This is the reason that Fedora Core 4 comes with a large number of autotools-related packages:
Installing in parallel like this allows the RPM packager to
select, for example, version 1.5 of GNU
automake by running the
automake-1.5 command. This can be performed
during the RPM build process to regenerate
configure scripts and Makefiles.
Alternatively, as with simple changes, it can be run once in order
to recreate the generated files, and the resulting changes can be
incorporated into the patch itself.
Underquoted macro definitions
One example of more strict requirements for the input
files for autotools is shown in this warning from
aclocal, part of GNU
acinclude.m4:2: warning: underquoted definition of AC_PATH_DIR run info '(automake)Extending aclocal' or see http://sources.redhat.com/automake/automake.html#Extending-aclocal
The offending line from
The fix is to change “AC_PATH_DIR” to “[AC_PATH_DIR]”. Enclosing the name in square brackets prevents the warning.
The autotools were designed to handle this sequence of events:
- The software developer creates a tarball.
- The end user downloads the tarball.
- The end user builds and installs the software using
./configure; make; make install.
When the RPM packager steps in, the process is different:
- The software developer creates a tarball.
- The RPM packager downloads the tarball.
rpmbuildcommand builds the package and installs it into a temporary directory (a build root).
rpmbuildcommand creates an RPM file from the files in the build root.
Rather than installing the files into their final
locations, the files are installed into, say,
This can be handled in two ways. Firstly, a great many
software packages honor the DESTDIR environment
variable, using it for exactly the purpose needed here. So an
RPM spec file can include
DESTDIR=$RPM_BUILD_ROOT install and the files will
be installed in the correct place. GNU
automake implements support for
DESTDIR, although software developers must
remember to take account of it when writing additional Makefile
For software packages which do not respect
DESTDIR, variables such as prefix,
libdir, and datadir can often
Makefile to install files
into a staging area as required. The RPM spec file macros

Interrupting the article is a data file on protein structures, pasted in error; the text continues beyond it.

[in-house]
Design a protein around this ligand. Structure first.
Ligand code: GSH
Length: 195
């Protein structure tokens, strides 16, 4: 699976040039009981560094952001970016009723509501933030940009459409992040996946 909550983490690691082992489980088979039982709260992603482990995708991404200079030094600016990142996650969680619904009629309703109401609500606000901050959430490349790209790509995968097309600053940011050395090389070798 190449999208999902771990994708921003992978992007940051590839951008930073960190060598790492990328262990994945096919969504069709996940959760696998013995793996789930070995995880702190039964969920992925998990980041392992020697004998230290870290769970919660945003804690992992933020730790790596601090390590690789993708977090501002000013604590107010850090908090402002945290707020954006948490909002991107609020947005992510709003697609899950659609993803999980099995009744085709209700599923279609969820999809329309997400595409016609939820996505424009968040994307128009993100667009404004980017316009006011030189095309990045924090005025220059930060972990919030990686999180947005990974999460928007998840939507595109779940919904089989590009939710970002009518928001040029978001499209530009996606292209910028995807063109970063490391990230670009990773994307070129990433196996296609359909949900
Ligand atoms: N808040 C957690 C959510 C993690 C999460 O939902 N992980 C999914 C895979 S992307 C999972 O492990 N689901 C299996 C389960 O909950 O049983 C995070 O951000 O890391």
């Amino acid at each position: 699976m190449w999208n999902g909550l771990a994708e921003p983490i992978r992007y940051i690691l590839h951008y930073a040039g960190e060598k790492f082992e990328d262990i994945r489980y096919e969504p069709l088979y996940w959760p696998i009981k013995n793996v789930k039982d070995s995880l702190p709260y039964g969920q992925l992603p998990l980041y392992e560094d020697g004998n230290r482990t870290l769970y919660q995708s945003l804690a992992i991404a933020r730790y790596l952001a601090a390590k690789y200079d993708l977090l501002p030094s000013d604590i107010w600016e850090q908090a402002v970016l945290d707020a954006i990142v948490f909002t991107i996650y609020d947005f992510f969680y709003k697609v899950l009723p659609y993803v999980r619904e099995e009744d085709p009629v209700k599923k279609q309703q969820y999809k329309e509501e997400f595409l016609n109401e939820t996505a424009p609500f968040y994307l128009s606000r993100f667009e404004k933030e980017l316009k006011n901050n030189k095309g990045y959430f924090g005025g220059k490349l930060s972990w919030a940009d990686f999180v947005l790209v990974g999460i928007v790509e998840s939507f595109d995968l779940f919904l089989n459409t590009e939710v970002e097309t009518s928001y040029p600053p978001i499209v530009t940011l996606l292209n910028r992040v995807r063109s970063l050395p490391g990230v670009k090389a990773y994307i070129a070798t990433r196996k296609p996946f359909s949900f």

%makeinstall take advantage of this. The
%configure macro sets up the directory
variables with the paths for the final installation, with
datadir=/usr/share, and so on. For
%makeinstall the staging directories are
used, such as
It is done this way because the package might hardcode the
directory locations specified during configuration into the
For autotools-aware packages, either approach is fine. Sometimes there might be bugs in the software package's Makefile rules which force the use of one or other method.
libtool .la files
There is a division of opinion about whether the
.la files created by GNU
libtool should be shipped in RPM files.
GNU libtool is a tool for creating and using libraries in a portable manner. The nuts and bolts of how to create libraries vary significantly between platforms. The point about libtool is that it can be used in the same way on all platforms it has been ported to.
Files ending in
abstract libraries. You can use
libtool to link an application
somelibrary.la and it will do the
right thing. It is actually a text file containing information
about where the real library resides and how to use it.
Since these files are rather small and quite useful to developers who use libtool, so the argument goes, perhaps they should be included in our RPM packages.
Those who disagree point out that, on Linux at least,
those files do not add enough value to make it worth the effort
involved in making them accurate. The fact that the RPM build
procedure uses a temporary staging area when installing can lead
to incorrect directory names being stored in the
Regardless of the merits of software packages opting to use
the autotools, RPM packagers need to understand the issues they
may face. In my experience, the majority of the packaging
problems associated with autotools are due to mistakes in the
Makefile.am files. The remaining problems
seem to be due to incompatibilities between different versions of
the tools. I hope that situation will improve.
- GNU Autoconf, Automake and Libtool—“The Goat Book”